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ANALYSIS: It’s Time to Rewrite Force Majeure

March 22, 2021, 8:17 AM

The next force majeure catastrophe will be as unexpected and unpredictable as Covid-19 was. Whatever form it takes, transactional lawyers will likely not have provided for it in contractual force majeure clauses. Will we again struggle to fit the unexpected into a traditional force majeure construct such as “act of God”? Probably, but we don’t have to. Instead, we should simply change the way we write these provisions.

Major catastrophes have a habit of being unique, and they don’t fall neatly into the litany of horrible happenings by which “events of force majeure” are defined. When the Covid-19 pandemic hit a year ago, lawyers fielded unending questions about whether the event qualified as “force majeure.” The very lawyerly answer, of course, is “It depends.” It depends on the wording of the clause in the agreement. As we’ve all come to understand, force majeure is a contractual provision; it has no substantive meaning apart from the specific wording used in the contract. Before March 2020, few prescient practitioners listed “pandemic” or “epidemic” or “government lockdown” in their definitions of force majeure. So, the answer has depended on what was listed—and how courts have interpreted the clause when the list comes up short.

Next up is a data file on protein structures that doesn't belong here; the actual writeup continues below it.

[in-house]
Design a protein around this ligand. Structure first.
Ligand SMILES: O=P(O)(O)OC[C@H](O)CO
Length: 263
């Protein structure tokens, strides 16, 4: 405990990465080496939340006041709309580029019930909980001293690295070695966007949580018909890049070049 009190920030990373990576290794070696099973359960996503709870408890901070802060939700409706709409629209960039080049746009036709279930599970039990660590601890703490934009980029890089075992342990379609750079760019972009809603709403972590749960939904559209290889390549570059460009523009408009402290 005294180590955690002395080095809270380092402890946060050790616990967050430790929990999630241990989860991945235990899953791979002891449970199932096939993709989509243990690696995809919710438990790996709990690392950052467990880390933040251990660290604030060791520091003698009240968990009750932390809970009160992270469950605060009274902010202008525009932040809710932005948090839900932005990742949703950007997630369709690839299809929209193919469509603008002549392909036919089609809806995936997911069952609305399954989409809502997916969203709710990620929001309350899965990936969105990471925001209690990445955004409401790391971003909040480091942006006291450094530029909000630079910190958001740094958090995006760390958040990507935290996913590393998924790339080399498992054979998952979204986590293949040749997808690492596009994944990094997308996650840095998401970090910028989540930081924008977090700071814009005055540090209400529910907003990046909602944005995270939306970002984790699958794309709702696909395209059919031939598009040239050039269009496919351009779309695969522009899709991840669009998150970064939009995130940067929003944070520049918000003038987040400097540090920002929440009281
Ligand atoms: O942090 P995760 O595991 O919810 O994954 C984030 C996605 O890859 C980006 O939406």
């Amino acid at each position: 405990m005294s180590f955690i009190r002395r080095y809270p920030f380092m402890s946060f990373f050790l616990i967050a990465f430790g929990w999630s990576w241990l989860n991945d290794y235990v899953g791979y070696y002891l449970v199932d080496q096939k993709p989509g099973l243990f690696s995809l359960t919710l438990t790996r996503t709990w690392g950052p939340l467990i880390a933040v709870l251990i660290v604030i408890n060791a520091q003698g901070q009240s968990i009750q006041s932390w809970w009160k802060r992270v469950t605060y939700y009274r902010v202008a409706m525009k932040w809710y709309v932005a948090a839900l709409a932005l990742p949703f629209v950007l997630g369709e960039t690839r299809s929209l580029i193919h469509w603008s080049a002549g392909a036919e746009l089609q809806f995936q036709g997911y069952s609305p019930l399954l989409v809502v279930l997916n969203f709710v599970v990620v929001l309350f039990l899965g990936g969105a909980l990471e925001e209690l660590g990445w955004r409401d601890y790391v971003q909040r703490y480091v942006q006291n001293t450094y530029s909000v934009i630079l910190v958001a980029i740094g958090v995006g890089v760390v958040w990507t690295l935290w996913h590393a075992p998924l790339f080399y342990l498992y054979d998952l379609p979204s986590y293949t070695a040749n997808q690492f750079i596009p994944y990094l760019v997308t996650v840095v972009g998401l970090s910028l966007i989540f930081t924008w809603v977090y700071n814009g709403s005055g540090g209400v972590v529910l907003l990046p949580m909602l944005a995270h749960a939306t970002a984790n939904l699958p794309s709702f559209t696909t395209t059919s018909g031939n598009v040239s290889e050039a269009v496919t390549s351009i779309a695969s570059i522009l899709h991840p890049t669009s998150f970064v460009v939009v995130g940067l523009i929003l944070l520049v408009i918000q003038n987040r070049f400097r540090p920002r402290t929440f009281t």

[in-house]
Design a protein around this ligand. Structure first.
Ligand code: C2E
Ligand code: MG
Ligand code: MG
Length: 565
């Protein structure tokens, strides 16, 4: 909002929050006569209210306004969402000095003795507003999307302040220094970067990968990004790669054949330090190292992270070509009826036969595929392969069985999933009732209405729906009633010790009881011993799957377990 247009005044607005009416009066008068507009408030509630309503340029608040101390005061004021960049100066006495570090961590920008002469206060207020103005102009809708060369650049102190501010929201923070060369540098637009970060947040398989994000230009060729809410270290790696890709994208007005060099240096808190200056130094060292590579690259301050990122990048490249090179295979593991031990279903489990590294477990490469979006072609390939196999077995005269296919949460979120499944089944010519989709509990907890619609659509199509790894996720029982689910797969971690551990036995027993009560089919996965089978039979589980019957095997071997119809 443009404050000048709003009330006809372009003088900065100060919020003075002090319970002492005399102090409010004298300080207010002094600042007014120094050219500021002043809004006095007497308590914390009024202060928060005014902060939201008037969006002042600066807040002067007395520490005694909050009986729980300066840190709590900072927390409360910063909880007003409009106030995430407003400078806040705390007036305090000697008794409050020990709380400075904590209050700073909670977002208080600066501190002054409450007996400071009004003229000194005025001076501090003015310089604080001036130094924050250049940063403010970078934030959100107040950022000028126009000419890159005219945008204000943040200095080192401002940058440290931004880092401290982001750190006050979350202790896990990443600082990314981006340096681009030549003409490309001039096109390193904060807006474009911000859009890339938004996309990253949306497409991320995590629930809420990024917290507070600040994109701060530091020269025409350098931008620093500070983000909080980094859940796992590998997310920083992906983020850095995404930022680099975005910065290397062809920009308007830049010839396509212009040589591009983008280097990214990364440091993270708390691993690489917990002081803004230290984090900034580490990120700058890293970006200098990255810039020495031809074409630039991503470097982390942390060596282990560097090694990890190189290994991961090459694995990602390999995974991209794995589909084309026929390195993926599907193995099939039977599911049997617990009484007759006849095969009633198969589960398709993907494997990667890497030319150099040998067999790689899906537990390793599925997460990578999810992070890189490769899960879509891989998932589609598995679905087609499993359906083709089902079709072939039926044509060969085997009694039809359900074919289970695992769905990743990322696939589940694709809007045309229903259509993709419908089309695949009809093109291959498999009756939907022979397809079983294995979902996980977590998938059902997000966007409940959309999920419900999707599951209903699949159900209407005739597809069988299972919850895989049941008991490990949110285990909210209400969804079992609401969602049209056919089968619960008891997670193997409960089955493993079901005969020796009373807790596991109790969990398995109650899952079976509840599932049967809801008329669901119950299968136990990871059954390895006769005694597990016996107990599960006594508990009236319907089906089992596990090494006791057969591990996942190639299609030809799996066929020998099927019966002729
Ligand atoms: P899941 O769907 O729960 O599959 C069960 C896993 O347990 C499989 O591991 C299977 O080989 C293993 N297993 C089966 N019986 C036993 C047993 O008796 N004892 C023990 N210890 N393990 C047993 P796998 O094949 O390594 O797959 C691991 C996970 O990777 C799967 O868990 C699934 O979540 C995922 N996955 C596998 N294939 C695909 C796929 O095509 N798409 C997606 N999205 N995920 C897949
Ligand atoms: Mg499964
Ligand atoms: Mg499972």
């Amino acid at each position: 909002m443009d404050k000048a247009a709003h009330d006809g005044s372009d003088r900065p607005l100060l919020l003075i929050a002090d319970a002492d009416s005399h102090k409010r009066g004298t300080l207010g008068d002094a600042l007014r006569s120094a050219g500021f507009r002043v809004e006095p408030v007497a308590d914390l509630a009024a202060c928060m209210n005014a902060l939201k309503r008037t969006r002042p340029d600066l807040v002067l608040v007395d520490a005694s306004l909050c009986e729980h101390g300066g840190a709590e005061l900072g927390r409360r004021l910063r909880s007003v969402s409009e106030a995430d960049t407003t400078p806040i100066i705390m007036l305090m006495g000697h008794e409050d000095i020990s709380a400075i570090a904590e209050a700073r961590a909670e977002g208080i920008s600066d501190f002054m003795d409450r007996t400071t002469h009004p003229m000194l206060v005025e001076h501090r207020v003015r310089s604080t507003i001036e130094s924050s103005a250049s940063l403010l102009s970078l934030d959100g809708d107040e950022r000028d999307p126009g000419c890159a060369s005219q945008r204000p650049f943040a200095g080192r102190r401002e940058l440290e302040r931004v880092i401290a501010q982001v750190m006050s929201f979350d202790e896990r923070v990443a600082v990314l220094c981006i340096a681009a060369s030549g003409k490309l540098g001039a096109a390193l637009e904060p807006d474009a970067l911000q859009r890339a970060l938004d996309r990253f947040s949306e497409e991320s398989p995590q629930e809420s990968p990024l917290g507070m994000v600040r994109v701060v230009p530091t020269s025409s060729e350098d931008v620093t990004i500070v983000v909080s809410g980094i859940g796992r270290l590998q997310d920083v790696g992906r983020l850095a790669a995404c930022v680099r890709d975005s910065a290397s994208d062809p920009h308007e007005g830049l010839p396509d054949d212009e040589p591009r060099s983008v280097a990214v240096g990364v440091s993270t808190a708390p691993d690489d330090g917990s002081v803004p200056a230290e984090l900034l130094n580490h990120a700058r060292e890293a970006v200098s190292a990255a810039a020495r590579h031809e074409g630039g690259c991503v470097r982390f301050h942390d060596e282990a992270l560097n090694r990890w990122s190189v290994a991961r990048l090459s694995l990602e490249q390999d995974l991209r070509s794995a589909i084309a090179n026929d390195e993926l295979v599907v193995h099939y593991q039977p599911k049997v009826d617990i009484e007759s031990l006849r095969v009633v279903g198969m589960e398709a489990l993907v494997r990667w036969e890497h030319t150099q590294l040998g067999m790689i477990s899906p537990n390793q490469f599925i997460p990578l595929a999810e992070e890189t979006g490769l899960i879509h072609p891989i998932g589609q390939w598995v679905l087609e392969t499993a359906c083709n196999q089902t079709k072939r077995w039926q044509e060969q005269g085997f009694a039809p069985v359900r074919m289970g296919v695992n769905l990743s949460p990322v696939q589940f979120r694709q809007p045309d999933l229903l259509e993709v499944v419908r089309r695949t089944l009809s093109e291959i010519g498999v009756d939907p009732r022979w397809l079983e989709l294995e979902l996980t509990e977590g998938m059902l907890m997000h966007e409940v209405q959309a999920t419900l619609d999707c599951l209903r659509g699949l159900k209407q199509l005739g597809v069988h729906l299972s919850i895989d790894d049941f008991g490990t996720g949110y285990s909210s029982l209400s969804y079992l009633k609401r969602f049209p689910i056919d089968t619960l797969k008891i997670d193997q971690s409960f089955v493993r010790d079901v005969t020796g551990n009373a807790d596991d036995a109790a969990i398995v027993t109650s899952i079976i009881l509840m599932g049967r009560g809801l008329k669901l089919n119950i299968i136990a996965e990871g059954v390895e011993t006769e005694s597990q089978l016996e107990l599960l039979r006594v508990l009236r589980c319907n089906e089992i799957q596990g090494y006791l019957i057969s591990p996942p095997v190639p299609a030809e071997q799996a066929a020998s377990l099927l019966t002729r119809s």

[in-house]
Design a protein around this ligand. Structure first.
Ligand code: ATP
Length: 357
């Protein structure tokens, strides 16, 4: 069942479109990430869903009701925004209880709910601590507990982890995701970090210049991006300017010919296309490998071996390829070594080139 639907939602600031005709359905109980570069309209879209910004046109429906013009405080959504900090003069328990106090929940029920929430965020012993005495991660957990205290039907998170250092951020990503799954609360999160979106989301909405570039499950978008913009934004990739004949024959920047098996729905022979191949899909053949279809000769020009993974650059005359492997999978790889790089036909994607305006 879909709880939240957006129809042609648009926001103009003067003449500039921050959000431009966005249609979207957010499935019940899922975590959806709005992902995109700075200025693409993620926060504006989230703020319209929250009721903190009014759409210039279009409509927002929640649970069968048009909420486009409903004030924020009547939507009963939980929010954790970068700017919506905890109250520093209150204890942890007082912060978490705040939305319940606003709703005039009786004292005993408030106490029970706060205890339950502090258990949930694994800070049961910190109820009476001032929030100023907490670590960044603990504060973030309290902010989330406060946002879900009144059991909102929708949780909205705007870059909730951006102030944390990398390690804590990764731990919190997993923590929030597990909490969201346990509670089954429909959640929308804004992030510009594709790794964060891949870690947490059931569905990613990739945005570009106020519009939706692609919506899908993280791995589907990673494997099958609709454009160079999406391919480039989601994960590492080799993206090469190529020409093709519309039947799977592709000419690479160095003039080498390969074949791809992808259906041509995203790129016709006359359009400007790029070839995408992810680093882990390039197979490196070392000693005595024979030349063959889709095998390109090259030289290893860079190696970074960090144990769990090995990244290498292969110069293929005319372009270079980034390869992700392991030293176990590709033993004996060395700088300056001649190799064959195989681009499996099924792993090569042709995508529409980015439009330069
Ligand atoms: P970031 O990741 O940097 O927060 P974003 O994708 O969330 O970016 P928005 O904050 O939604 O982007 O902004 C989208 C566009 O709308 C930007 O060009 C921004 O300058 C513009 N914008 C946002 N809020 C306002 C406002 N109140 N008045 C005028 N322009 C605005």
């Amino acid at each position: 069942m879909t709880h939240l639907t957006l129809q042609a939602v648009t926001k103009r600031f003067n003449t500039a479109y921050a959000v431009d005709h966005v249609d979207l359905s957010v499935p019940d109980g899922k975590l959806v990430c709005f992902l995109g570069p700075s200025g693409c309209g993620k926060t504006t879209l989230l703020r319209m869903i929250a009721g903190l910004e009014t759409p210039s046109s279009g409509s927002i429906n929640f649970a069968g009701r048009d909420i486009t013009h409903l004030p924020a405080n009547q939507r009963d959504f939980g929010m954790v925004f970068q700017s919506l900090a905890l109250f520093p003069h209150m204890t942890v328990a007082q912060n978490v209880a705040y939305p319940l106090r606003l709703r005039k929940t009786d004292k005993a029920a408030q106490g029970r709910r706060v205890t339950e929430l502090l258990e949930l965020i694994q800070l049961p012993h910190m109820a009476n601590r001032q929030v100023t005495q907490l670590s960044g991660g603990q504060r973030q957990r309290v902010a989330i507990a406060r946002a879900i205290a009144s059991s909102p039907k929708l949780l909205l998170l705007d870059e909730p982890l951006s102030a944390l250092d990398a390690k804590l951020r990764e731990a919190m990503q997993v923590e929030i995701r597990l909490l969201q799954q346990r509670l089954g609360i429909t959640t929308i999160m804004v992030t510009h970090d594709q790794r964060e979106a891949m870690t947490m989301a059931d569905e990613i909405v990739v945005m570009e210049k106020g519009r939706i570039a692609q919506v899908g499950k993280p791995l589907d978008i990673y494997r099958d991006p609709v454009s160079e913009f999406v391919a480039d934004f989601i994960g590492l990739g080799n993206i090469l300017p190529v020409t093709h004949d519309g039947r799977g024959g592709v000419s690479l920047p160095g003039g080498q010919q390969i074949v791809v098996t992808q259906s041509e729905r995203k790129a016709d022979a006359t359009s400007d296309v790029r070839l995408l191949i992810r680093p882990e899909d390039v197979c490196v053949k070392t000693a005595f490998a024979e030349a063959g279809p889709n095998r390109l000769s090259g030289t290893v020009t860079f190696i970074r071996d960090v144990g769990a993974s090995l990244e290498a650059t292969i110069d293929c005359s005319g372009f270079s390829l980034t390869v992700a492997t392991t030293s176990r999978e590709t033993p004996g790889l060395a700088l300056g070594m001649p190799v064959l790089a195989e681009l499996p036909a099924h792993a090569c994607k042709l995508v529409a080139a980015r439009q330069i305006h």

Some practitioners and commentators have taken the position that we should abandon that list, and simply rely on the generic description “any cause beyond the reasonable control of a party.” There is a lot to say for this approach. After all, the purpose of a force majeure clause is to provide a contractual excuse to a party whose performance is prevented or delayed by an external cause that the parties did not provide for and that cannot be avoided using reasonable measures.

The excuse can be just that simple: any cause—we don’t have to try to guess—that is beyond the control of a party and that the parties did not otherwise provide for. Let’s not even call it force majeure; call it “performance excuse” or “contingency.” This way, we’ll save a lot of words in the contract drafting process and maybe have a result more in line with the parties’ expectations.

Bloomberg Law subscribers can find related content on our In Focus: Coronavirus (Covid-19) and Practical Guidance: Force Majeure resources.

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To contact the reporter on this story: Denis Demblowski in Washington at